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26 Nov 2020


No Chancellor has ever had to present a budget forecast like the one Rishi Sunak unveiled  in his spending review statement in Parliament yesterday – a fall of 11.3% in 2020-21, followed by a rebound in the next two years of 5.5% and then 6.6%. As a result, borrowing this year will reach £400bn, almost a fifth of annual output.

These were not his or his department’s forecasts for the budget. They were from the independent Office for Budget Responsibility – George Osborne’s institutional legacy.

It was established as one of the Coalition Government’s first acts and was designed to give UK budget forecasts external credibility after years when Chancellors tended to be overoptimistic. The OBR has not always been right (no forecaster is) but it has now become entrenched.

The Chancellor was willing to come clean on the impacts of Covid-19 on the economy, although whether he is so enthusiastic about the charts the OBR also produced showing the UK’s performance on the economy and public health impacts compared to our European neighbours is less clear.

But as striking was his unwillingness to mention Brexit in his budget statement. This is now an established pattern. The ‘B-word’, and Britain’s new relationship with the EU, were also notably missing from his October party conference speech.

Despite the end of the transition being just over five weeks away, the Chancellor failed to mention this once in his assessment of the economic prospects for the years to come.

Fortunately, the OBR was not so hesitant. One big advantage of having an independent budget forecaster rather than a department that presents its forecasts to the Chancellor who then decides what to publish (which was the system before the OBR was established) is that it has no need to hold back.

So the OBR reminded us that it had already assumed, in its March forecast, that a deal along the lines the Government is seeking to conclude would mean long-run GDP would be four per cent lower than it would have been had the UK remained in the European Union.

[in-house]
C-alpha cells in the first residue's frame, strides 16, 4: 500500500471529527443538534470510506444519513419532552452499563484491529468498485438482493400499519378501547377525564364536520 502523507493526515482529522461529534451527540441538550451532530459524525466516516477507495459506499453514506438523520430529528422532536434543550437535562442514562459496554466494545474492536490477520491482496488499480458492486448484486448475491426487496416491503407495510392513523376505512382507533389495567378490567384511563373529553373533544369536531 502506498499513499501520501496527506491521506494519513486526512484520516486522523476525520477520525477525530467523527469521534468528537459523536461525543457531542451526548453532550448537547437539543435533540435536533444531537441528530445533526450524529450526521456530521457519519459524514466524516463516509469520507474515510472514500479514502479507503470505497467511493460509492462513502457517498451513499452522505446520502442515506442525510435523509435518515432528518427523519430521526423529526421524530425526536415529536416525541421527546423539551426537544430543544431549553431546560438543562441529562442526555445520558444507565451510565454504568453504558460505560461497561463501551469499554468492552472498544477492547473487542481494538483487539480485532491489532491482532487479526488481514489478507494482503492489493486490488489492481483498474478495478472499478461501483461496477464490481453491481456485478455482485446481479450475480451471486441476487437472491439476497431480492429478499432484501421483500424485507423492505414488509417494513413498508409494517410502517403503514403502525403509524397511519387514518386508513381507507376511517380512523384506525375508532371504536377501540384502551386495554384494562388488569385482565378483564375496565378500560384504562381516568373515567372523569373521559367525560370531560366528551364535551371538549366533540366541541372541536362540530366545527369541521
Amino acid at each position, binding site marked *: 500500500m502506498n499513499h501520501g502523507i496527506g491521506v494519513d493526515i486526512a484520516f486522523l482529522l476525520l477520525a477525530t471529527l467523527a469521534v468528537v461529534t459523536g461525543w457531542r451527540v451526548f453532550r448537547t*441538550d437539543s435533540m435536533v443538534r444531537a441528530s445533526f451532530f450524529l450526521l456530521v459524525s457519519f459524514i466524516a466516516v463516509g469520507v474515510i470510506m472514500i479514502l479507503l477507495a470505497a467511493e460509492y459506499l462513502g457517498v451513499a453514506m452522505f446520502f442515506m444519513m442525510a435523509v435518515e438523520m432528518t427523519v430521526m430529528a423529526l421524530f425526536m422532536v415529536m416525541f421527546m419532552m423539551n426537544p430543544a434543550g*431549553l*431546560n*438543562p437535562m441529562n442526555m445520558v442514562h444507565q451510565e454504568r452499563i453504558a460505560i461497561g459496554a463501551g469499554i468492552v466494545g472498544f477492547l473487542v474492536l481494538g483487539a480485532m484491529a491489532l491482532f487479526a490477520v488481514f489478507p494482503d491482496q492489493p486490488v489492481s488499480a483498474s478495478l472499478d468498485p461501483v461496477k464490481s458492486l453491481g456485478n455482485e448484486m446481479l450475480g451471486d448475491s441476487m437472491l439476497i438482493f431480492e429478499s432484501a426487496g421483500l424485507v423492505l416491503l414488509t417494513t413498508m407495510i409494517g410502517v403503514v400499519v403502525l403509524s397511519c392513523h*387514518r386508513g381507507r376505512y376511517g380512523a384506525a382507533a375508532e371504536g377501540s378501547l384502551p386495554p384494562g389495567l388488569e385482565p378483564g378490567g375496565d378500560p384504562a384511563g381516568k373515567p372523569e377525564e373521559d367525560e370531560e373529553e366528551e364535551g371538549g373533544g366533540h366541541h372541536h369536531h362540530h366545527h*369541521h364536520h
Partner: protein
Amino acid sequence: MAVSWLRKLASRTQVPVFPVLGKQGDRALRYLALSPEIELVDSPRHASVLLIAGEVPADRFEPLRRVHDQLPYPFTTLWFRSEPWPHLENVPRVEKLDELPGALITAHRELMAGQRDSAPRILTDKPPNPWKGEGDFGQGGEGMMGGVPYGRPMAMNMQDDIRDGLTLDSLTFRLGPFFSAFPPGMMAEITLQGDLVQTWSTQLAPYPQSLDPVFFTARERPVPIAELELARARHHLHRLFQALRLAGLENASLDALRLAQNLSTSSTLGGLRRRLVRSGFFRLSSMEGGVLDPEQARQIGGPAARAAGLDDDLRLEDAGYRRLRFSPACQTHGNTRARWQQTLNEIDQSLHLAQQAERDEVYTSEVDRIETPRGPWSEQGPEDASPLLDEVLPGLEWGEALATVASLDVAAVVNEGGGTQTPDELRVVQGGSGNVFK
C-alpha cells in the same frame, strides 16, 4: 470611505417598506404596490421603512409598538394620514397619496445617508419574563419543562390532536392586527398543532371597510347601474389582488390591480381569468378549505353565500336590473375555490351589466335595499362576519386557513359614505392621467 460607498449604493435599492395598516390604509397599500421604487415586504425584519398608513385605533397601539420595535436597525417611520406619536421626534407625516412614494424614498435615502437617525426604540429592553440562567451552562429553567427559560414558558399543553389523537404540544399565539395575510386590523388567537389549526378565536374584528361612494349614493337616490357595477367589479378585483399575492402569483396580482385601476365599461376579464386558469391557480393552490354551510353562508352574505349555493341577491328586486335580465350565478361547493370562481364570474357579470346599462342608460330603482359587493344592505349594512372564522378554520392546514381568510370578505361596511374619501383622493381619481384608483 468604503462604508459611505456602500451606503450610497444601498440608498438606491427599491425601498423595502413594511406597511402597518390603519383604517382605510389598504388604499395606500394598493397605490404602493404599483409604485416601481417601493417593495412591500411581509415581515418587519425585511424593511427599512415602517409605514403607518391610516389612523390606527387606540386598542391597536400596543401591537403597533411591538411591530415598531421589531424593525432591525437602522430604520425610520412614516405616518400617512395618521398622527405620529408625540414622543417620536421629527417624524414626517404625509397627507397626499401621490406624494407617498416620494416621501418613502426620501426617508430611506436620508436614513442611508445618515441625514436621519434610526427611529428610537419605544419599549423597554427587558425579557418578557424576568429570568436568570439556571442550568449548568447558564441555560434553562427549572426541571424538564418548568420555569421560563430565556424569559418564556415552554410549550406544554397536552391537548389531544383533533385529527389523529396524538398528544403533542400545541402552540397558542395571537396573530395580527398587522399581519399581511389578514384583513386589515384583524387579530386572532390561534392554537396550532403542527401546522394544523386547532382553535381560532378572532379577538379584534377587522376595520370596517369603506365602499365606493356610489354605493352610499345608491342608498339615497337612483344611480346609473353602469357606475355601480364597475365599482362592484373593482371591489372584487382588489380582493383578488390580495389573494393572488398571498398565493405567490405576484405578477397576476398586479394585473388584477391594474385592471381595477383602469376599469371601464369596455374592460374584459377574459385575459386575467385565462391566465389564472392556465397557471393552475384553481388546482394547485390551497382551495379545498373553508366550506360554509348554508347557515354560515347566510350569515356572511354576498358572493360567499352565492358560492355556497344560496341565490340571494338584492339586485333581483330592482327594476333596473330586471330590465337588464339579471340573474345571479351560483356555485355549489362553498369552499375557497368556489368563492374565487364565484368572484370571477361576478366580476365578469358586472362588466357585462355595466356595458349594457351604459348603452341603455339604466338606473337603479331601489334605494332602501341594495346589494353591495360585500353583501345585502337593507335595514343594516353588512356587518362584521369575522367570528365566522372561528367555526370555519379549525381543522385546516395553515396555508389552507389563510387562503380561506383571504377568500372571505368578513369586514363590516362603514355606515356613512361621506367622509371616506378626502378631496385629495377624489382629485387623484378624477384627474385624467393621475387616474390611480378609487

How does that compare to Covid-19? In its central scenario, the OBR’s forecast is that there will be permanent ‘scarring’ of three per cent. If, as seems far more likely than a few weeks ago, vaccines are rolled out successfully, output could return more or less to its pre-pandemic path.

In other words, the OBR expects the long-run impact of Johnson’s deal to be considerably bigger than Covid-19, even if the short-run impacts are much less dramatic – very much echoing the Governor of the Bank of England earlier this week. Yet the Chancellor thought he could avoid mentioning it at all.

Alongside that, the OBR added in its estimate of the impact of failing to conclude a deal. It forecast an additional upfront two per cent hit to GDP in 2021 from leaving the EU with no deal at the end of the year.

Over time, the UK would recover some of that, but the impact of trading with the EU on what the Government likes to call ‘Australian’ terms would be an additional 1.5% after five years and then back to two per cent in the long term.

This is broadly in line with other external forecasts, including the those of the UK in a Changing Europe  – and indeed with earlier analysis published by Theresa May’s Government.